Apr 17, 2018
By Declan Bush
A New York bankruptcy court has signed off on Brazilian oil and gas servicer Lupatech’s second Chapter 15 case, ending a US$275 million cross-border restructuring that has played out in New York and São Paulo since 2015.
The bankruptcy court for the Southern District of New York’s Judge Martin Glenn ordered on 26 March to close the Chapter 15 and grant final relief for Lupatech and its affiliates’ second restructuring plan, which was approved in Sao Paolo’s first bankruptcy court on 1 December.
In his motion to approve the plan on 12 January, Lupatech CEO and foreign representative Rafael Gorenstein said the Chapter 15 debtor protections had been “fully realised” and could be closed. Gorenstein, with counsel from CKR Law partner Edward Schnitzer, said any remaining matters would not need the US court’s help.
The Bank of New York Mellon (BNY), as trustee to a group of guaranteed senior noteholders, had objected to the recognition on 23 February, saying it would not let BNY collect fees and expenses owed to it since 2014.
But on 1 March the company countered that BNY’s objection contained factual errors and did not specify the amounts requested. Schnitzer told the court BNY had no legal basis to seek payment in a Chapter 15, which existed to recognise foreign proceedings.
“If BNY believes it is entitled to unspecified and likely inflated fees, and is unwilling to take those fees from the distributions as permitted, it is free to commence a litigation outside of this court,” he said.
BNY withdrew its objection on 20 March.
Lupatech filed its original restructuring plan in 2015 before São Paulo’s first chamber of bankruptcy, judicial recovery and arbitration disputes, after a pre-pack insolvency failed to save it from the plunge in oil prices the year before.
Under the plan, secured creditors could choose between a quarterly repayment of debt over 18 years after a five-year hiatus, with annually accrued 3% interest; a debt-to-equity conversion; or the early repayment of debt if the company sold assets, including the chance to take assets themselves.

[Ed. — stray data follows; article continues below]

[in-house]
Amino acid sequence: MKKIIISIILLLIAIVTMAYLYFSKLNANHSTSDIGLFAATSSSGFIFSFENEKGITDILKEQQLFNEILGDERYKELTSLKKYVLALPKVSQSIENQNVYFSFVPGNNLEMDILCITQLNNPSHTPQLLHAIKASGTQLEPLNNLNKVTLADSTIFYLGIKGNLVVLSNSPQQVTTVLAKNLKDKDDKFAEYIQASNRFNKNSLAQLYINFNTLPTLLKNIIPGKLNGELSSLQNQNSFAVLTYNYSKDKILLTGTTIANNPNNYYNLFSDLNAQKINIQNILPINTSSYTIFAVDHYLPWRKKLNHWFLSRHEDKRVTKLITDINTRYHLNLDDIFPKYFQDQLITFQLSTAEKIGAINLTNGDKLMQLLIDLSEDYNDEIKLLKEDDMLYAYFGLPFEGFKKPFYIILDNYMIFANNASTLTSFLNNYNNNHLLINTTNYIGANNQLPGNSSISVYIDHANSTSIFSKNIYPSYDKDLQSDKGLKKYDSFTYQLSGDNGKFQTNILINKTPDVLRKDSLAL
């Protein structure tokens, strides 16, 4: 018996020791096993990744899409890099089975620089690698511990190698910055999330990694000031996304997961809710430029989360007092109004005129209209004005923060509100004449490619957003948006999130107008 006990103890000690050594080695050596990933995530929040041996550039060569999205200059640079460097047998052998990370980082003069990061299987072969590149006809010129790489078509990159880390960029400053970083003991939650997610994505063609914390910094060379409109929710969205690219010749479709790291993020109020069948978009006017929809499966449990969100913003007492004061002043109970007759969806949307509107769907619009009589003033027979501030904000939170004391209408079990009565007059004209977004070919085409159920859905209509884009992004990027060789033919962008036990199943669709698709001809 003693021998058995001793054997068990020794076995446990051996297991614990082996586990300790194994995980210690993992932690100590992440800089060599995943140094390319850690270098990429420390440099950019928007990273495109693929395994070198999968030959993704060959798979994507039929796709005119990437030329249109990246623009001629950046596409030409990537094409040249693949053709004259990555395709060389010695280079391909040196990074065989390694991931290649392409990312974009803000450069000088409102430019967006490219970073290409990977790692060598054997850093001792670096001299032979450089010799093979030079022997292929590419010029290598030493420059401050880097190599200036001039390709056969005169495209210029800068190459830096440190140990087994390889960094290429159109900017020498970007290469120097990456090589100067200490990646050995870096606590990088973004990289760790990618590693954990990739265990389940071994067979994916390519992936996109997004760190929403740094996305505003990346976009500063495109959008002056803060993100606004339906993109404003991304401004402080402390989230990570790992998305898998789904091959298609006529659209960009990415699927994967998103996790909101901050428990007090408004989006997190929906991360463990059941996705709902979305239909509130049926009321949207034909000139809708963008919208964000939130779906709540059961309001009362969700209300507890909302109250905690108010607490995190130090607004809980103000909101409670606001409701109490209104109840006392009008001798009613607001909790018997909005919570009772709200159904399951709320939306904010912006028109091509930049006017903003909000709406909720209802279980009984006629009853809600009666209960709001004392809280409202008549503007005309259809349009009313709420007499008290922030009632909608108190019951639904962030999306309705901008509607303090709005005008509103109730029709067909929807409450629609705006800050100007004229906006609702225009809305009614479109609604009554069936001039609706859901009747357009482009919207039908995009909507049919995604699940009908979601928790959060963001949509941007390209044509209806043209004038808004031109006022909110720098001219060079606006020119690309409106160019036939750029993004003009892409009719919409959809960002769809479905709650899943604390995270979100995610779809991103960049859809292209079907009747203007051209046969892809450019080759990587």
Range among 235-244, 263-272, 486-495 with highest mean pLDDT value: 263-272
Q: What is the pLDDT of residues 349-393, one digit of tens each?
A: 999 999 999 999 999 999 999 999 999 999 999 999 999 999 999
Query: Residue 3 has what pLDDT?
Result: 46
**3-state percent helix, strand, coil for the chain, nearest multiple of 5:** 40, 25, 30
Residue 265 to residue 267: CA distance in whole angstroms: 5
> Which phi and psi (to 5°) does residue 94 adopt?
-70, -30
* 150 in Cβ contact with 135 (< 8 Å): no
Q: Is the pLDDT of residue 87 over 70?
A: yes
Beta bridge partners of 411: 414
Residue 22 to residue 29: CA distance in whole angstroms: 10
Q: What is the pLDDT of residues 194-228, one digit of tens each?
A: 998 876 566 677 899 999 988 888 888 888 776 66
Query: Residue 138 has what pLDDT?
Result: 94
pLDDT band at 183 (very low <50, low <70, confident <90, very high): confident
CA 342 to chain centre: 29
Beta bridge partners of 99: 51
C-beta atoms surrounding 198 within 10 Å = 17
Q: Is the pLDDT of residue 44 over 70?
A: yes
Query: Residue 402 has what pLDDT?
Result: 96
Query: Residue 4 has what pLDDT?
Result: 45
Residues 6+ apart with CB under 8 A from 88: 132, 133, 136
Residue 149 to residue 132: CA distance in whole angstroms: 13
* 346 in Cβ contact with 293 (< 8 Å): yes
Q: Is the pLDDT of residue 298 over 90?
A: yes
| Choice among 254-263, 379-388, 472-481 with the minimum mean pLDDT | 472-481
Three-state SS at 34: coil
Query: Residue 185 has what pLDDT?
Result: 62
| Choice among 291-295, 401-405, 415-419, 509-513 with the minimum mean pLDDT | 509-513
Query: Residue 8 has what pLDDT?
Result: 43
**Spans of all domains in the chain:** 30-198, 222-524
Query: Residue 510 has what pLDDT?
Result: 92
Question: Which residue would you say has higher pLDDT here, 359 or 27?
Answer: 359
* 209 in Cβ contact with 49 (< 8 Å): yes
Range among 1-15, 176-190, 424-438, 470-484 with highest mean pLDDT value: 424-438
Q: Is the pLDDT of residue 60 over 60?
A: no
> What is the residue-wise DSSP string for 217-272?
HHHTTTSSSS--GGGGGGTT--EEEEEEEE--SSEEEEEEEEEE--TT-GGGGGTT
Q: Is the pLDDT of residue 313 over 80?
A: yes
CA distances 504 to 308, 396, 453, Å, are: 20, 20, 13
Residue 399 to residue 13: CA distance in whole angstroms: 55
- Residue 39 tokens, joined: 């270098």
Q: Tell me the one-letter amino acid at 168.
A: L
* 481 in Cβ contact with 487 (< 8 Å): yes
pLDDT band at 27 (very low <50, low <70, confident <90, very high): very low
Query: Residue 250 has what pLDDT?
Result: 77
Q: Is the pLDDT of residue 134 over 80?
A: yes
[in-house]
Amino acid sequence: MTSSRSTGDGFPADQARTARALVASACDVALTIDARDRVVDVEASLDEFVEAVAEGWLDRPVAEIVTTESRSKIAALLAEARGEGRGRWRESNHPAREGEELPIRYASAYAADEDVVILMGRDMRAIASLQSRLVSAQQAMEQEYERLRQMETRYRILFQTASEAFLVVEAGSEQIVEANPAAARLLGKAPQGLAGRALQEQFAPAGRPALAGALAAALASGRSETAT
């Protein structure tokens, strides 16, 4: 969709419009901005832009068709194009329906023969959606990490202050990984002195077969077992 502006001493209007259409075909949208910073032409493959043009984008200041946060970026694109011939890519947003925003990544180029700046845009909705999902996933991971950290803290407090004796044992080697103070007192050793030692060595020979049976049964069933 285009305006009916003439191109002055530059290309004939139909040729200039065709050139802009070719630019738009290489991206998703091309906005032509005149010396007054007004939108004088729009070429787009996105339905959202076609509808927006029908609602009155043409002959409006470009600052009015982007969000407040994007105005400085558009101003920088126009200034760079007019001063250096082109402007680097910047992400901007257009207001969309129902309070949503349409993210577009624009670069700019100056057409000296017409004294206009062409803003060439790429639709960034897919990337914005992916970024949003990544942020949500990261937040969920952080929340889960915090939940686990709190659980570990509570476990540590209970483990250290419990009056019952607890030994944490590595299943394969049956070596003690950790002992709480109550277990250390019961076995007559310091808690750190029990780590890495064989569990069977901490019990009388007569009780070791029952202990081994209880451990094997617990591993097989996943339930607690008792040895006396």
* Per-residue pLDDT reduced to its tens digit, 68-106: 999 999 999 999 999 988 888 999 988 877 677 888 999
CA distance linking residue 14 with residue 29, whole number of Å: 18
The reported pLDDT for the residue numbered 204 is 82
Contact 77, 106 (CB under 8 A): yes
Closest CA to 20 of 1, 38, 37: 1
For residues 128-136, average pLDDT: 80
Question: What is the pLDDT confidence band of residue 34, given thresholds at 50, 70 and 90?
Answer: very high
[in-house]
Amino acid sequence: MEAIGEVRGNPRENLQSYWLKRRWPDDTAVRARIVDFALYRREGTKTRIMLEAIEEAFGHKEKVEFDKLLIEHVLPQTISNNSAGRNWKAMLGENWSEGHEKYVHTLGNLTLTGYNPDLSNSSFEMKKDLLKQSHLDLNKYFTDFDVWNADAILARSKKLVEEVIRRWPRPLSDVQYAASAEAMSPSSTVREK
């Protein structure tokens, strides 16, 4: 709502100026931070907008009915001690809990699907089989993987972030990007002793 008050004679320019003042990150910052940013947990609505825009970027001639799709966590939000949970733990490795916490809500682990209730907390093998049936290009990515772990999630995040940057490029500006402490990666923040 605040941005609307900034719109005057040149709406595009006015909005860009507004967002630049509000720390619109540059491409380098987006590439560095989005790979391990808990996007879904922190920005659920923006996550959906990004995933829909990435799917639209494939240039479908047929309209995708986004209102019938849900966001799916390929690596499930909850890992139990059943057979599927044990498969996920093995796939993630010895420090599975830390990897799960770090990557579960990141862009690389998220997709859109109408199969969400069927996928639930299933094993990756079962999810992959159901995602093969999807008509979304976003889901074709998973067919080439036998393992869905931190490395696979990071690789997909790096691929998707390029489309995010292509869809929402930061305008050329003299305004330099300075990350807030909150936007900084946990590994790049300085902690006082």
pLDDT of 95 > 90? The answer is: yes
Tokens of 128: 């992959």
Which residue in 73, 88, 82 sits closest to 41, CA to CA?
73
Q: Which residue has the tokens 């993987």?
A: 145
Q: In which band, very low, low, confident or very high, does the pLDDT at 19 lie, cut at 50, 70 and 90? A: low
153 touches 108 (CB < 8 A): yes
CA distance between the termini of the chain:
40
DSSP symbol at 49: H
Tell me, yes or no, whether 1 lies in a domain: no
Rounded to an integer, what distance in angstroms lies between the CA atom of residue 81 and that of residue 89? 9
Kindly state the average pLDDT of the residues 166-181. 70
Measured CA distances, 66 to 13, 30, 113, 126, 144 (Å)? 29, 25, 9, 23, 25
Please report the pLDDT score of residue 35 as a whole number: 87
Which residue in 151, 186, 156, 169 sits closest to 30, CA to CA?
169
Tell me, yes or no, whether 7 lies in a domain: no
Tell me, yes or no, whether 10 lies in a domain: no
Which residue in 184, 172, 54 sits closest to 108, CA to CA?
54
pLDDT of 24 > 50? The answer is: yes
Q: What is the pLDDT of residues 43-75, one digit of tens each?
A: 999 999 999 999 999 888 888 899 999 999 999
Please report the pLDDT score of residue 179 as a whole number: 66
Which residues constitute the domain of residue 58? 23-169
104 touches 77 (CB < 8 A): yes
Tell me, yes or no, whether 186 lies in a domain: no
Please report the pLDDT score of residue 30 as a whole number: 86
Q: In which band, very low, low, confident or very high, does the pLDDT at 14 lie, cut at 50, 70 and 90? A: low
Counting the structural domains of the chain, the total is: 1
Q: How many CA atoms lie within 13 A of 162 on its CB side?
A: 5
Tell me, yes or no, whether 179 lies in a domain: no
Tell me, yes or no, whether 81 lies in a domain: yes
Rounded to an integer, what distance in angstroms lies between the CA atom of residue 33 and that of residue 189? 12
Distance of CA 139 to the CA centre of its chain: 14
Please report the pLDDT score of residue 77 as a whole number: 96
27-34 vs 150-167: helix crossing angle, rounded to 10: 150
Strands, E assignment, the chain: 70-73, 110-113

Unsecured creditors, including bondholders, could also take quarterly repayment over a 20-year period at 3% interest, which could accelerate if the company merged or was bought. The plan allowed the sale of production units free of all debts.
Creditors approved the plan in November that year, and the court followed with a homologation order the following month.
But in June 2016, the reserve chamber of business law of the court of appeals of the state of São Paulo granted appeals of two creditors, who argued the plan’s four payment options violated Brazilian law.
The São Paulo court annulled Lupatech’s original plan and ordered it to prepare a new plan with several new criteria. The New York chapter 15 court, which had recognised the proceedings one month prior, suspended parts of its recognition order accordingly.
Lupatech filed a modified restructuring plan before the US court in September, cutting unsecured creditors’ payment options from four to one – half the amount paid in cash over time, and the other half paid in warrants.
The company’s three creditor groups approved the new plan in November 2016 with no appeals filed, and the Brazilian court entered a homologation order that December.
The Lupatech group includes several different debtors registered in the Cayman Islands, with its centre of main interests in Brazil. Lupatech justified its Chapter 15 filing by telling the US court it had US property, New York-governed debt, and creditors with proximity to the US.
The group, which made valves for the oil and gas industry, made 17 acquisitions for 733 million reais (US$219 million) on the back of abundant credit at very low interest available before 2008.
But things went sour when interest rates started to rise, the real devalued, and the oil price dropped, while Lupatech’s main customer Petrobras became embroiled in the Operation Car Wash corruption scandal.
In the US bankruptcy court for the Southern District of New York
In re Lupatech
Judge Martin Glenn
Counsel to Lupatech
Shearman & Sterling
Partner Fredric Sosnick and associate Randall Martin in New York
Partner Edward Schnitzer in New York
In the 1st chamber of bankruptcy, judicial recovery and arbitration disputes São Paulo
In-house counsel - João Marcos Cavichioli Feiteiro
Partners Thomas Benes Felsberg, Paulo Fernando Campana Filho and Clara Moreira Azzoni, and associates Pedro Henrique Torres Bianchi*, Thiago Dias Costa, Eduardo Luiz Kawakami and Solano Magno Deboni Neiva in São Paulo
*Since left the firm
This article originally appeared on https://latinlawyer.com/article/1167924/ny-bankruptcy-court-closes-second-lupatech-chapter-15-case.